|I've had countless Spridgets with crossflow radiators, fitted with the brass plug and none of them have had O-rings or washers. No leaks, either.|
|Dave, thanks for that info. I was begining to think I had dreamt it when I said I have no washer of any type and no problems. You just confirmed I'm not going mad.|
|Chris H (1970 Midget 1275)|
|quote "JB - you are using mismatched parts. The brass plug is to be used with a flat washer, either fibre or plastic/nylon, as originally supplied by the manufacturer. The black plastic screw plugs are used with the rubber O-ring. I note that Moss catalogue only lists Brass plug and O-ring, which is an incorrect pairing; they add to their own confusion by using a non-original part no. for the brass plug, the correct one being ARA2404. "|
Thanks for that David, that makes a lot of sense.
There must be a lot of potentially leaky plugs out there by owners trying to seal a flat surface with an o ring with no location, by hopefully not overtightening and deforming it.
I certainly wouldn't be happy with that situation.
Some of these parts suppliers should be shot,for not selling the correct matching parts.
For those without a bit of mechanical nouse it must be a nightmare.
|I don't think an on 'O' ring is ever going to work with a brass plug. Its a very loose fit over the threaded part and is going to get mis-shaped as soon as its tightened. I also noticed that the threaded part of the brass plug is longer than the plastic one - whether that makes any difference. I tried the washers from the plastic plug - 2 x what appear to be aluminium. They are better than the 'O' ring but it still weeps a bit when its warmed up. Maybe fibre washers are a better option.|
|Plumbers have been using fibre washers for water sealing for a very long time.|
For hot and cold systems, they rarely fail until they've been loosened from a properly seated condition then retightened.
I would advise only fibre if using brass.
If the brass screw has a thread that allows closing right up to another brass boss you may not even need a washer, they are often self sealing - brass to brass.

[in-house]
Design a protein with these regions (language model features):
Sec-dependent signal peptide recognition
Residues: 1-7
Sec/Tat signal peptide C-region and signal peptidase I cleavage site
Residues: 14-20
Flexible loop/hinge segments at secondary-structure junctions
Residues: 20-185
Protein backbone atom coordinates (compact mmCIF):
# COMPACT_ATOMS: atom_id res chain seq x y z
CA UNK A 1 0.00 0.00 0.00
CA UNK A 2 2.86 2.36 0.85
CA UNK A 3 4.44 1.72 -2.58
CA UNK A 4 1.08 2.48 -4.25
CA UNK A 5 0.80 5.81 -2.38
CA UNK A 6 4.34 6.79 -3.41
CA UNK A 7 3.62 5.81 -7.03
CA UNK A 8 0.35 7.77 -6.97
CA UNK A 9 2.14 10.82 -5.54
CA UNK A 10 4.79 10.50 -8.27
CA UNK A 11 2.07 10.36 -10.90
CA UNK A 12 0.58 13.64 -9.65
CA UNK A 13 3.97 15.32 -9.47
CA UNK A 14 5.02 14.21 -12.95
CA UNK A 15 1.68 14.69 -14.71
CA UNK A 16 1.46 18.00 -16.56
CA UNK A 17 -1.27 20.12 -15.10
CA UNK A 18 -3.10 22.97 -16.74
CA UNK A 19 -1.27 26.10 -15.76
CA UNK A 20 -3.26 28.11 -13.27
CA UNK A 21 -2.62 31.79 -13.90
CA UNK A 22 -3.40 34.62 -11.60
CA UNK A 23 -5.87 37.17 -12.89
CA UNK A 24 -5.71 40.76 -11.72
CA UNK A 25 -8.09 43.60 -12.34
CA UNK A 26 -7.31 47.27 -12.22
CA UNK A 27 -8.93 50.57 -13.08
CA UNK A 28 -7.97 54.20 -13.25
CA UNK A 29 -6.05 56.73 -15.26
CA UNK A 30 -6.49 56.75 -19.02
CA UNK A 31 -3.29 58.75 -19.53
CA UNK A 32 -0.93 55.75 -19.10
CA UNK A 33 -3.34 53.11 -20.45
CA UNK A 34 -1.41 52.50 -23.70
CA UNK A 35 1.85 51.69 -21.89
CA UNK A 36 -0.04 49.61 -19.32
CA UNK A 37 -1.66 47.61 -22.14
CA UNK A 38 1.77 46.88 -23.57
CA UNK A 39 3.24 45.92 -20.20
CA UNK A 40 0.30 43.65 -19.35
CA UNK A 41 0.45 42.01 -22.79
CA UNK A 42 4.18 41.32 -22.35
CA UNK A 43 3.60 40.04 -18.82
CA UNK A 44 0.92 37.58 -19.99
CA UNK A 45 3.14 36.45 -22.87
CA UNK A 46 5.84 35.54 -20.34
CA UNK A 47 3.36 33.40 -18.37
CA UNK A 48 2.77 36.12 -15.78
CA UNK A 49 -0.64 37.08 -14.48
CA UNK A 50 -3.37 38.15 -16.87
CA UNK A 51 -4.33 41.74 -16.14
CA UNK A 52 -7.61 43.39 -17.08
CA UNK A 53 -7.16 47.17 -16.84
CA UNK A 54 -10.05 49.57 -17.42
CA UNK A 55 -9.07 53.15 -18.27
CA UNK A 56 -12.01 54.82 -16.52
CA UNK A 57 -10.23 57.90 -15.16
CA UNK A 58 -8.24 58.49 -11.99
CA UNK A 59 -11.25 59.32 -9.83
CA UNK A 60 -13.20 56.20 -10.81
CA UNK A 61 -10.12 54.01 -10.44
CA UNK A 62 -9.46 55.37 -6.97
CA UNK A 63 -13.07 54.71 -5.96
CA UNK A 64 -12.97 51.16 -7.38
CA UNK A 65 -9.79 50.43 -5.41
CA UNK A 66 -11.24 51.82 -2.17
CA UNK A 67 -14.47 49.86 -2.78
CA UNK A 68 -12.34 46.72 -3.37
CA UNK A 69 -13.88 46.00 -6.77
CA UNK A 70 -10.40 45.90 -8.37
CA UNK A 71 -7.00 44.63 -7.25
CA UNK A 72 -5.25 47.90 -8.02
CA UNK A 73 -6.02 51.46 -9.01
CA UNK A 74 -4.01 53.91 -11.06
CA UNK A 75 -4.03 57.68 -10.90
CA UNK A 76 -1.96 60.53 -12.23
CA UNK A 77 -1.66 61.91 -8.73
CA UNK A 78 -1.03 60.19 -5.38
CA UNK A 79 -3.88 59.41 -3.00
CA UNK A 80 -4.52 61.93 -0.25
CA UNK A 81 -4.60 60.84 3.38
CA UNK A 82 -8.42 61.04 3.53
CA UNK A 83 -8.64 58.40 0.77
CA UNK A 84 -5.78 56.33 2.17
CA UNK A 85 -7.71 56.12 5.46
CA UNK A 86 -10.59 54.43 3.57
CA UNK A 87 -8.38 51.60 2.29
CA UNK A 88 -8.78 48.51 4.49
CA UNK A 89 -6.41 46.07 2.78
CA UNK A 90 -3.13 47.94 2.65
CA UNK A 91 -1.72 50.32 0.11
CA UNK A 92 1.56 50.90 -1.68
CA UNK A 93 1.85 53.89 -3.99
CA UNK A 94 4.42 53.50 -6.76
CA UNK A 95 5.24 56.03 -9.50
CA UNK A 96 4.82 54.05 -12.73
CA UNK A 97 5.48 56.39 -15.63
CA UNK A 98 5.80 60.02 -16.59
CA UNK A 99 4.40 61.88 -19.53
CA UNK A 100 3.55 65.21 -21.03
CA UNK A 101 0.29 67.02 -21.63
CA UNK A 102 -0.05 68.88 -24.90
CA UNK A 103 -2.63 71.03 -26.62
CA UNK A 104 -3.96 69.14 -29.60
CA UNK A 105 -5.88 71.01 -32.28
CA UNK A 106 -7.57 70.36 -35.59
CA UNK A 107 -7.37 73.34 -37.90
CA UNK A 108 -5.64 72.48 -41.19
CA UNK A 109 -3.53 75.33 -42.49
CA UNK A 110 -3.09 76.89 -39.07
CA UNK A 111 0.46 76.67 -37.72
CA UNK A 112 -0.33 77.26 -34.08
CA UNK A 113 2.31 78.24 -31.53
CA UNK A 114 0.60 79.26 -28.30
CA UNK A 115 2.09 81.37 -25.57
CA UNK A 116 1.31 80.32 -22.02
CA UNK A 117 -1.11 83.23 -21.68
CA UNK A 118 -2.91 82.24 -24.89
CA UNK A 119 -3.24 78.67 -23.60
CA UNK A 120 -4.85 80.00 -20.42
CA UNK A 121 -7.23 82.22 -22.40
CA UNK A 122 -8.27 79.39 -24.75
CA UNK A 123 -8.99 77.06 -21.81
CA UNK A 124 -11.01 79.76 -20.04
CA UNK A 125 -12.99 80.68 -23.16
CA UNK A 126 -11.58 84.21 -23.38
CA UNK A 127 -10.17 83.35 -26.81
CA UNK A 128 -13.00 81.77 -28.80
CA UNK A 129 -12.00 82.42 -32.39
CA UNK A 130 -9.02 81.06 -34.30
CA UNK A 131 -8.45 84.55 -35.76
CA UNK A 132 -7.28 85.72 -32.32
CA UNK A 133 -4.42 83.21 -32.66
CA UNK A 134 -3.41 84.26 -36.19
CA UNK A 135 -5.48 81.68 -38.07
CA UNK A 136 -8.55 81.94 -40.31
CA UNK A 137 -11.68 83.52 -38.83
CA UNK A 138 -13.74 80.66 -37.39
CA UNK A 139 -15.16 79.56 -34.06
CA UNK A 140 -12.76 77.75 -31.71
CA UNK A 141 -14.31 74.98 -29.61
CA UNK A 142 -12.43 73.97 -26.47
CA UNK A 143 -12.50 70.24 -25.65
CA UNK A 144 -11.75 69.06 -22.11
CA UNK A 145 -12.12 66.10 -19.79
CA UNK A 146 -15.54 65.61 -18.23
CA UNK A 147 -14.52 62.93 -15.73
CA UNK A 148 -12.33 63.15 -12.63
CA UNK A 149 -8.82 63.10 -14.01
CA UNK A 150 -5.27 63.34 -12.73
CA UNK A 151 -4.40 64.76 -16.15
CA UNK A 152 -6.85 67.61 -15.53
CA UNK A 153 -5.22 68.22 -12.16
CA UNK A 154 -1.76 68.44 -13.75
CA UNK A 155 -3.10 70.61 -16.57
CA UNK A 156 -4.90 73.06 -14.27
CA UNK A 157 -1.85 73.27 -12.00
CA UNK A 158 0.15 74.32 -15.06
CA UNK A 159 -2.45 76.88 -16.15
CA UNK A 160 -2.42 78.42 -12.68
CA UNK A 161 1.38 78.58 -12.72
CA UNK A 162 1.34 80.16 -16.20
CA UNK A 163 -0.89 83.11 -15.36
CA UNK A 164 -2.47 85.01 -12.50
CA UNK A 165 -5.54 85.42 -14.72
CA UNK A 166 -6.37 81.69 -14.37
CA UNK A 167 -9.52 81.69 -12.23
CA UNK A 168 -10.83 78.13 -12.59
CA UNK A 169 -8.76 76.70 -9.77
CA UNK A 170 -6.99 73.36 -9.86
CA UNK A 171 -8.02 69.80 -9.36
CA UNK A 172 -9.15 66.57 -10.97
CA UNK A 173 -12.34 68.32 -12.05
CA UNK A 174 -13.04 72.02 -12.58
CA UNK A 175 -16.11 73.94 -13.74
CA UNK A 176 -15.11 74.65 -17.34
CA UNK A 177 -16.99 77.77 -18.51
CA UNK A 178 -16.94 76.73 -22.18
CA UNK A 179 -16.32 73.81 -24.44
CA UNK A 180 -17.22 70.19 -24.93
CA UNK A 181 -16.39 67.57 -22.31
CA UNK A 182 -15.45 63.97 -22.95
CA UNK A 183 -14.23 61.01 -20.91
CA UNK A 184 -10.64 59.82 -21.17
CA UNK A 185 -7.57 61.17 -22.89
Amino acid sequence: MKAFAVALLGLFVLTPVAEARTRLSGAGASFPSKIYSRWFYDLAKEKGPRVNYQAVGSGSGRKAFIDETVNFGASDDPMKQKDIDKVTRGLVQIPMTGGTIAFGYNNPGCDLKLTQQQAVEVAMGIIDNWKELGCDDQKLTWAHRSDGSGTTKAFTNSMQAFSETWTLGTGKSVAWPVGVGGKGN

|O-rings will and can be rused when plug is removed I know as I've taken the plug out several times and reused the same O-ring several times - just don't overtigten|
if I find a few fibre washers of the correct size I'd use them in preference but I not looking at the moment, if the o-ring went I'd just try fitting without washer or O-ring to at least get me home and if it worked I'd leave as is
|I must admit to being somewhat puzzled by all this. The brass plug is designed to be used with a fibre washer, so why not use a fibre washer - they are readily available (and look better!) I am sure they will seal with a modern O ring, if not overtightened, but what's the advantage?|
|if it's to hand and you don't have to go search all over town searching for the correct size washers - done that for the washer for the shower|
only to find I had what I wanted in my box of washers but somehow managed to miss them, I paid for my mitake by having to also go into a large B&Q as well as the local plumping stores
|I do sometimes wonder....|
|errrr, the o-ring works, it's an alternative - I hope this admission wont cost me points at the next concourse event|
I think my mate has a genuine flat washer, it's just split, if I can be told the original factory glue I could repair it and use it for judging purposes :)
|......I paid for my mitake by having to also go into a large B&Q as well as the local plumping stores.....|
Tell us more about these plumping stores, I'm intrigued :-)
|yes I noticed that mistake too late, originally I put plumming and realised my mistake so put a p in for some reason|
what about my other 'mistake'
there are plumping stores but they're in another part of town :)
|No mention of washer OR O-ring in BL parts book...|
Nor in the driver's handbook, I hasten to add ;o)
|Dave I think that's because the plastic washer was not supplied as a separate part -it was actually fitted to the plug at the time of manufacture. The hole in the washer is smaller than the OD of the thread, it may have been screwed on or fitted by a machine, possibly after heating for pliability. You can just about see it in this pic, which is of a genuine original used item I've had in store for years.|
you're right. The washer on mine has failed. There didn't appear to be a direct replacement as it was made from a nylon type material with 'ears' on the inner.
However Triumph Stags use the same brass plug ARA2404 and have a sealing ring ARA987.
There's a pdf showing the two parts at http://www.stagbytriumph.co.uk/parts/stag/1974/02/02-79.pdf.
The seal is available from LD Part for £1.47 (but with a £4.80 p&p cost) and has the 'ears' but the photo makes it look as though it may be made from a different material than original.
This thread was discussed between 15/09/2012 and 22/09/2012